Ambergris Caye, Belize
Ambergris Caye has been attracting ex-pats for decades – for good reason. When you arrive, you’ll instantly feel the slower-paced Caribbean vibe that is so appealing. During the day, it is the center for ocean sports but at night, parties can be found all over.
Easy to come and go as you please, Belize’s domestic airlines frequently fly into Ambergris Caye from Belize City and there are water taxis available, too.
An English-speaking island, some of the most affordable Caribbean real estate can be found in this region, making it one of the best places to retire. For much less than in the U.S., you can have a two-bedroom beachfront home in a tourist-free neighborhood. Even if you only stayed here part-time, you could cover your holding costs by renting your place while you were away.
Expats enjoy the sound of gentle waves and palm tree fronds rustling in the morning and seeing the gorgeous Caribbean waters. Amenities are available here such as a pool and private docks and utilities are all in place. There’s also an international airport with regular flights to get you to friends and family or easily bring them to you.
Las Terrenas, Dominican Republic
While most Americans may have never heard of this beach town, Italians and French visitors have been coming here for decades, which explains the hint of European flair and international living it has. Smells of fresh coconut and saltwater mixing with espresso and croissants are common.
The Dominican Republic has a stable government, great weather, and a low cost of living. As a bonus, it is only a 3.5-hour flight to New York City. A great place to retire or relocate and raise a family, couples can live comfortably for around $2,000 per month.
Grand Bahama, the Bahamas
Often thought of as paradise, this is the place to go to see some of the most beautiful beaches. Extremely friendly to foreigners, there is no language barrier, low crime and it is just off the coast of Florida.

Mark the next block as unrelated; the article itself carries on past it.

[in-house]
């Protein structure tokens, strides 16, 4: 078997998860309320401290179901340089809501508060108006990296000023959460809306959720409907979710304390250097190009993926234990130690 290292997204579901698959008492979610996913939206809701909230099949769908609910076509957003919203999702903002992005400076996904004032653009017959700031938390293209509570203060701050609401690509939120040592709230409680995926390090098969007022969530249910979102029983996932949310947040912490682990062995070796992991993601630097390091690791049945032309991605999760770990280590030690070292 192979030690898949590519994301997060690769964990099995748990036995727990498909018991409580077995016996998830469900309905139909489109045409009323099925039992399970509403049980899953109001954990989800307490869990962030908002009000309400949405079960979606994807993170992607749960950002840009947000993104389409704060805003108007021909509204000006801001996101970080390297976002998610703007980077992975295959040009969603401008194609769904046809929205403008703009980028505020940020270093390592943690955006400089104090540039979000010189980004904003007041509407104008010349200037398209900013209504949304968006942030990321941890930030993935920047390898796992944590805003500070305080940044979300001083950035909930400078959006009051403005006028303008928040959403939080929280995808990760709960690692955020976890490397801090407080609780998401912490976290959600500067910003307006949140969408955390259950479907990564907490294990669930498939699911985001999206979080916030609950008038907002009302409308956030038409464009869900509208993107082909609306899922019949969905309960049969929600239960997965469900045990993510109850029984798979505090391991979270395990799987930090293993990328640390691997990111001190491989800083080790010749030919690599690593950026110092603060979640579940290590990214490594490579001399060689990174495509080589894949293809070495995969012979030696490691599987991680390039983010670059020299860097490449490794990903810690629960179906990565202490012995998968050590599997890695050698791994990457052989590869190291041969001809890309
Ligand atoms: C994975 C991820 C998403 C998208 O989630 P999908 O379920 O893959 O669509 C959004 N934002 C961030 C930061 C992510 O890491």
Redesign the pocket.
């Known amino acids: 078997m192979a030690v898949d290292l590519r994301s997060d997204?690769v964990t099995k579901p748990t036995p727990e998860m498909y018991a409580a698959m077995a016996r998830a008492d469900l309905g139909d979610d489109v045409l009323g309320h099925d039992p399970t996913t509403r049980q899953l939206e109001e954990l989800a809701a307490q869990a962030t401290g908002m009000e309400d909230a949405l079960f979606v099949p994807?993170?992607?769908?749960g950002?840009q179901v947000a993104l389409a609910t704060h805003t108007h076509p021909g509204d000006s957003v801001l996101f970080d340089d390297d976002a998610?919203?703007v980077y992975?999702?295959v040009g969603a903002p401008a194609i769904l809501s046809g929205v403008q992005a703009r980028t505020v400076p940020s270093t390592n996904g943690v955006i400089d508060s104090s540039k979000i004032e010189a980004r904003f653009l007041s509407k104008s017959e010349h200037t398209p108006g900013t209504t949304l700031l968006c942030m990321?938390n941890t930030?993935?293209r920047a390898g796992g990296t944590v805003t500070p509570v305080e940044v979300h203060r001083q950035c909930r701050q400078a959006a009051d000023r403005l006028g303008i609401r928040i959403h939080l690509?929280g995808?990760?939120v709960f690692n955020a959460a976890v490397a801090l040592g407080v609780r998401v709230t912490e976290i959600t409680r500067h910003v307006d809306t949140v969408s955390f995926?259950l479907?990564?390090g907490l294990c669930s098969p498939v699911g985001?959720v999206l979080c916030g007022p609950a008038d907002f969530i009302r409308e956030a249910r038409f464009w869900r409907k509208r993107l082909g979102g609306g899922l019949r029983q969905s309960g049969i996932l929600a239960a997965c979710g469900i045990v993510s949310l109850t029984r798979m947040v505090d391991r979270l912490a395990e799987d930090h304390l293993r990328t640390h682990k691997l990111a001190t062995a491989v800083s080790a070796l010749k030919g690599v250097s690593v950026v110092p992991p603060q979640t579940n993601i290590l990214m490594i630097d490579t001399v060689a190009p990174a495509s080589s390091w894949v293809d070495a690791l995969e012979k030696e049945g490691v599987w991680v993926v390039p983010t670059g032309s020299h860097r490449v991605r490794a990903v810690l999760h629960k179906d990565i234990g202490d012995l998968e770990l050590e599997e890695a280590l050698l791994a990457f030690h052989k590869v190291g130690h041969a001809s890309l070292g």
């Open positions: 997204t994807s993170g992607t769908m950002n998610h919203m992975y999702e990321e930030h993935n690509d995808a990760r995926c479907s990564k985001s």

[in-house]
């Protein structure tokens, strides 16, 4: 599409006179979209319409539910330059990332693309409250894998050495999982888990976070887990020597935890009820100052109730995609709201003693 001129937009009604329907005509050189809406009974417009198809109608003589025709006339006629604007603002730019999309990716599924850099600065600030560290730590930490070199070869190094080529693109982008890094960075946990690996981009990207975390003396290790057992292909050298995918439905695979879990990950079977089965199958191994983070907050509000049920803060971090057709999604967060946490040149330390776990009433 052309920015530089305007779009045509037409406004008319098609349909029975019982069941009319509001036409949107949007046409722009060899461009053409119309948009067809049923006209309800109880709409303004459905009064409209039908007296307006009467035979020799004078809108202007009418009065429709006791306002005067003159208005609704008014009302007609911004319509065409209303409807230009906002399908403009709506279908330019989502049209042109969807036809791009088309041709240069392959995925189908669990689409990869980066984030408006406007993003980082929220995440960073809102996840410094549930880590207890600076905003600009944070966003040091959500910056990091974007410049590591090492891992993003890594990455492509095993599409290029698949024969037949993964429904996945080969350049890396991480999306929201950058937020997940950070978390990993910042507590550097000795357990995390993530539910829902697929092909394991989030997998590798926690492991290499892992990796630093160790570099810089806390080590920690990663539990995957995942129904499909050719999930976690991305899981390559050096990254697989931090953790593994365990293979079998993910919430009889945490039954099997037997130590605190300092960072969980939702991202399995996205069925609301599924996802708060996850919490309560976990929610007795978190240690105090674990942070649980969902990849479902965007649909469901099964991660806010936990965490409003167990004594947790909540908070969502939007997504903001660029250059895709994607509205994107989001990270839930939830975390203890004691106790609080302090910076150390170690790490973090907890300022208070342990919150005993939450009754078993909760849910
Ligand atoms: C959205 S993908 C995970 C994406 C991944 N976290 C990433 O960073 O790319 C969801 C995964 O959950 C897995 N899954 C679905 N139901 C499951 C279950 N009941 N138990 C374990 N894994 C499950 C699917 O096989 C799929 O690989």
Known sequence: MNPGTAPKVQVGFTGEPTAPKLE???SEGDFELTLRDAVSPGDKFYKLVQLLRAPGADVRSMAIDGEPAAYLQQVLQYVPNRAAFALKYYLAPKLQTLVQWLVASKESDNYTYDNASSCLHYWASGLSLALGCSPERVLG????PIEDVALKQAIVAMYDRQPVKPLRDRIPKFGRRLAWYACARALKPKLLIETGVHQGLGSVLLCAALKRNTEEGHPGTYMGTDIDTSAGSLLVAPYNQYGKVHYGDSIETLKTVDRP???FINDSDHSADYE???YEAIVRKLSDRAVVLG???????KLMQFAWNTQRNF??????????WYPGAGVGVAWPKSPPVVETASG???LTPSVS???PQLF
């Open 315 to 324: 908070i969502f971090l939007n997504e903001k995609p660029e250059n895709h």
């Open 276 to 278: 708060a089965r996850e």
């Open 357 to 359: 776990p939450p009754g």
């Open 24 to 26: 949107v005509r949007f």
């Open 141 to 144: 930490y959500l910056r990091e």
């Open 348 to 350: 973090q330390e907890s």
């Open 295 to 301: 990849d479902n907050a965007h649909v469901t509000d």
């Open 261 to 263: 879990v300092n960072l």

That’s the good news.
The bad news is that paradise doesn’t come cheap. Some of the nicest gated communities are located here and a medium-sized residence in one of them costs over $2 million dollars. A haven for divers, water sports enthusiasts, and those who cannot give up world-class nightlife and shopping, living here can be 50% more expensive than living in the United States.
Isla Mujeres, Mexico
Located off Mexico’s Caribbean coast and just ten miles from Cancun, it feels like another world entirely. There is no hustle or bustle and tourism is little to none. You won’t see cars on the road, but instead, golf carts – the preferred mode of transportation.
Enjoy temperatures in the low to mid-80s year-round and boating, swimming, fishing, snorkeling, or scuba diving. There’s also an underwater sculpture museum. Often residents are treated to dolphins offshore and sea turtles basking in the sun’s warmth right on the water’s surface.
Including rent, a couple can live well in Isla Mujeres for around $2,500 a year. Starting a new life can be amazing.
Find Your Paradise
The Caribbean islands offer various lifestyles to choose from and much more affordable prices. Finding the best Caribbean island to live may not always mean the cheapest, but it will mean happiness.